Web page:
Fallback for older browsers

One last thing to cover — `ChartView` checks whether the browser supports D3 and will display a message if it does not.

In this example, I call .fallback_draw() directly to illustrate the point, but you should never have to do this. `ChartView` will replace the default .draw() method with .fallback_draw() when needed:

   // Fallback if d3 is unavailable, add some formatters otherwise.
    if (!this.d3) {
      this.draw = this.fallback_draw;

Again, you can customize the fallback behavior by overriding this method. For example, you might want to show an image of your chart:

  fallback_draw: function() {
    this.$el.append('<img src="" />');


Written by Ryan Nagle

March 7, 2014 at 4:12 pm

MTV: Models, templates and views in WordPress

with 11 comments

If you love WordPress and like what you’re reading here, you should work with us.

The past four months have been one big, nasty, non-stop, face-melting, brain-bending WordPress sprint for Ryan Mark and myself. We’ve been working on the migration and relaunch of ChicagoNow and finally kicked the site out the door on June 30. Please, have a look:

Along the way (read: from the very start), there were things about WordPress that we desperately wanted to be different.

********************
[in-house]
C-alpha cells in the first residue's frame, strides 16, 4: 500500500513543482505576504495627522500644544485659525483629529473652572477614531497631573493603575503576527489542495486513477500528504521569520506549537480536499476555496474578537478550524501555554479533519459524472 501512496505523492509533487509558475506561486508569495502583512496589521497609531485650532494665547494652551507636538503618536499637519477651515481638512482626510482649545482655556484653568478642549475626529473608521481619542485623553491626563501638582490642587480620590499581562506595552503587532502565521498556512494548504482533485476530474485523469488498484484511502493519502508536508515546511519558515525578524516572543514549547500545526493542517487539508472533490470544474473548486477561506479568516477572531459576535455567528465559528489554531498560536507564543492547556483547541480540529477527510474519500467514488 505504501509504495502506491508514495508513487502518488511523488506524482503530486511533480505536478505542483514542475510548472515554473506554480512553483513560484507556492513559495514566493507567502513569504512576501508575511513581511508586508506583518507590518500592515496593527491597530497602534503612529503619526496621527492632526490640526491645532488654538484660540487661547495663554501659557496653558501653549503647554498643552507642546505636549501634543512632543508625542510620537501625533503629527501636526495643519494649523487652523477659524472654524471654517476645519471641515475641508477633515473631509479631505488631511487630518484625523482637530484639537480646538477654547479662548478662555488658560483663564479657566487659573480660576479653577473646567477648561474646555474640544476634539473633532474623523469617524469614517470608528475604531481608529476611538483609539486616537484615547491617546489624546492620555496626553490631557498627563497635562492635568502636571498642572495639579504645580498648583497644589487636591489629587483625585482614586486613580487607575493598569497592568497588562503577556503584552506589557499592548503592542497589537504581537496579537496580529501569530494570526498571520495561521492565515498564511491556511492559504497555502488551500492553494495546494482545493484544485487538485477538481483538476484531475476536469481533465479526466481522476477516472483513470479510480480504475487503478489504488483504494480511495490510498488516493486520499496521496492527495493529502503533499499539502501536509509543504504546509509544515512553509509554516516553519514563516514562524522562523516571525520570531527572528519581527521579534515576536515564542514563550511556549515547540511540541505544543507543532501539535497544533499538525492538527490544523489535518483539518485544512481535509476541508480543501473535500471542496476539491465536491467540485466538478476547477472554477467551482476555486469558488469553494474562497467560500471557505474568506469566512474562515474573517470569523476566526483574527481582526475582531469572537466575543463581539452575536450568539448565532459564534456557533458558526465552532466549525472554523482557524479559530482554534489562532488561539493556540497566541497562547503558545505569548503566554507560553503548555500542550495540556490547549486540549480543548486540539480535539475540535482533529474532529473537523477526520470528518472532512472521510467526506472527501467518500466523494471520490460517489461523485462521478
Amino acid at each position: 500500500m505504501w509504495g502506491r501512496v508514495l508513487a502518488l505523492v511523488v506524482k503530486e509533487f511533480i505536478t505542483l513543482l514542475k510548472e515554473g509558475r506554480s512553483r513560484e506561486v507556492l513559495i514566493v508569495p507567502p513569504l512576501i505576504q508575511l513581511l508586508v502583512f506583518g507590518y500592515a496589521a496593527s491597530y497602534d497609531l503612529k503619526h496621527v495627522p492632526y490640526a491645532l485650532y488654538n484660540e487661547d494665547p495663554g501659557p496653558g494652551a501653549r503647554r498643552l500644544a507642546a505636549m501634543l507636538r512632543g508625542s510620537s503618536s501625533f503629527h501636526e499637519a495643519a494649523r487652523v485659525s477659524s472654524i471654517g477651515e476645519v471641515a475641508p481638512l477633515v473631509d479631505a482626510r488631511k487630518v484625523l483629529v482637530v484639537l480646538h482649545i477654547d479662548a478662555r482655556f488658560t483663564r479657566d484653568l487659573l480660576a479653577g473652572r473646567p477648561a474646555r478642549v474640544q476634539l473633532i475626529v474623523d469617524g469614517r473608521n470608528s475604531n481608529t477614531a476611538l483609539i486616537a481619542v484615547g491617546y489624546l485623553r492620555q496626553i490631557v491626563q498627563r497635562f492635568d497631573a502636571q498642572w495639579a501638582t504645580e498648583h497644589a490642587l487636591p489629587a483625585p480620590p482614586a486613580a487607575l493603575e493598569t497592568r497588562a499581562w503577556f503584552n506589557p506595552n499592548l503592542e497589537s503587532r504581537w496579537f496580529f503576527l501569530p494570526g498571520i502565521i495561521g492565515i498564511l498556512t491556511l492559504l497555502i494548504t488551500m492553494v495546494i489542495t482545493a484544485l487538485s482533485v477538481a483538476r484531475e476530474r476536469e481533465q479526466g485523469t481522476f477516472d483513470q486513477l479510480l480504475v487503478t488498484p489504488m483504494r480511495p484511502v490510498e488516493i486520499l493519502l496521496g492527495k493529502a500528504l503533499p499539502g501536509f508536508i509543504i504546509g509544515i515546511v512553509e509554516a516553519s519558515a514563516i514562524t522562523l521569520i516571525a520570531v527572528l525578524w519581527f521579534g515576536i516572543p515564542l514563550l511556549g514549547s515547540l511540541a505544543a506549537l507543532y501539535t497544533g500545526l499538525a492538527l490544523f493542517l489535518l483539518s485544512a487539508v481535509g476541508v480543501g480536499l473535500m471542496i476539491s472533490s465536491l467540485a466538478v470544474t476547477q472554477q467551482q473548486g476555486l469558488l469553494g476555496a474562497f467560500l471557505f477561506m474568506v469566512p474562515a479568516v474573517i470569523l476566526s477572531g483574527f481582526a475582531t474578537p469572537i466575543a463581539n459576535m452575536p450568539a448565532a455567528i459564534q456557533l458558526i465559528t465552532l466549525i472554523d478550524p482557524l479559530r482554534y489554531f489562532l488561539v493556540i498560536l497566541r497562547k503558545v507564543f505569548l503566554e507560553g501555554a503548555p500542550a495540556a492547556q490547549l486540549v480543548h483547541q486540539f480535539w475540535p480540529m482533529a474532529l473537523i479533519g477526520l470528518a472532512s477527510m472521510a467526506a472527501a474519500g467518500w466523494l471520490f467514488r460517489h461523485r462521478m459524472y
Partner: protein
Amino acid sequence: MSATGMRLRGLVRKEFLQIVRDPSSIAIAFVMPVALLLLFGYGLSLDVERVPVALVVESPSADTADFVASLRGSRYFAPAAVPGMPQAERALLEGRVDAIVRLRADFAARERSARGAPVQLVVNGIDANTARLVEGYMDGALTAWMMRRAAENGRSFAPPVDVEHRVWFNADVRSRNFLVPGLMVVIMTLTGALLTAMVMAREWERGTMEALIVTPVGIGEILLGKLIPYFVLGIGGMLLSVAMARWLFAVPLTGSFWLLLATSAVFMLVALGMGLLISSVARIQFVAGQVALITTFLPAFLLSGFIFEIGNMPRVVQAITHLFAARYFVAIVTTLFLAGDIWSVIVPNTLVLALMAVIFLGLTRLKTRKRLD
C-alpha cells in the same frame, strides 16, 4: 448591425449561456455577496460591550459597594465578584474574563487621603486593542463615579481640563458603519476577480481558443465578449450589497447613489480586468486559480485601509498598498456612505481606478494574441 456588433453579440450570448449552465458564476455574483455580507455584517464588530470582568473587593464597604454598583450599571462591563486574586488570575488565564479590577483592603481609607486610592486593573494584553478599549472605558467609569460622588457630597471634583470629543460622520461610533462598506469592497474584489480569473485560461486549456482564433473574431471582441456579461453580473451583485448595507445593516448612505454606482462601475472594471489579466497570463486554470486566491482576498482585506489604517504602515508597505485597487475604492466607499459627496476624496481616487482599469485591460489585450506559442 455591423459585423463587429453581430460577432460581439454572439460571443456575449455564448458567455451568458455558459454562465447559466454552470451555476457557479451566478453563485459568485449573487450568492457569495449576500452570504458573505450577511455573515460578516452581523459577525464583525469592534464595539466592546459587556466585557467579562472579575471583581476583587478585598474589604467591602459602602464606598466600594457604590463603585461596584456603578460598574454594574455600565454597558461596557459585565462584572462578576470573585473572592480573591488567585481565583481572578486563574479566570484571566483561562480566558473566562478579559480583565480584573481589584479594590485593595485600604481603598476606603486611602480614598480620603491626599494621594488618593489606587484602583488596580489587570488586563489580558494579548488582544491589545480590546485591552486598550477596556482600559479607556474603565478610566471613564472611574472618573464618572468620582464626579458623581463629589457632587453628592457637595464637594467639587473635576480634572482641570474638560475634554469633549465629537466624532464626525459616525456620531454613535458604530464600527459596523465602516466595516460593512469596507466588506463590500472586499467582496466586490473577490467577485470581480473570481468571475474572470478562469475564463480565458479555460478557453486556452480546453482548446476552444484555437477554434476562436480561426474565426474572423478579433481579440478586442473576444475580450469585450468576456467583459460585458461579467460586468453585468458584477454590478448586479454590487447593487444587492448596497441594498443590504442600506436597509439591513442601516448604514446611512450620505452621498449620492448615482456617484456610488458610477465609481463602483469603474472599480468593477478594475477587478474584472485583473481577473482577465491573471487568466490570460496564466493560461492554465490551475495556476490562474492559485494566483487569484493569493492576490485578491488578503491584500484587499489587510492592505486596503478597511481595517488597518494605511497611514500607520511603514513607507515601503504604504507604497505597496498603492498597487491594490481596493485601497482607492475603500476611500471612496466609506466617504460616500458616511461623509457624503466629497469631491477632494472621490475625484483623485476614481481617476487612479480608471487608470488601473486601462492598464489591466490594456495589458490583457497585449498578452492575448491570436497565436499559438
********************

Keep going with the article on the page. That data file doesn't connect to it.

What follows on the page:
Specifically, we hated writing WordPress themes.

As you may know, WordPress places no constraints on where you to put your business code. You can do complex stuff anywhere in your templates, right alongside presentation code. This makes templates really hard to read and prone to bugs. Maintainability of the code (and your quality of life) suffers.

Being the anti-freedom, inflexible, stubborn jerks that we are, we hijacked WP’s built-in template stuff along with all of its baked-in rewrite rules. In their place went Twig and a 30-line URL resolver. In order to make it easier for our Backbone.js app to interact with the WP database, we wrote a simple, consistent wrapper for WordPress patterned after Backbone.js’s models.

What we ended up with is a simple Django and Backbone inspired framework for building heavily-customized WordPress sites.

We call it MTV.

How it works

Here’s what a theme directory might look like using MTV:


As we would in Django’s, we define our urls in urls.php:

global $url_patterns; 

$url_patterns = array( 
    array('/^$/', 'theme_namespace\theme\views\home') 

Views are defined in views.php (duh):

namespace theme_namespace\theme\views; 
use mtv\shortcuts; 

function home() { 
    $str = "I want my MTV."; 
    $content = array('content' => $str); 

    shortcuts\display_template('index.html', $content); 

Our templates reside in the theme_name/templates/ directory: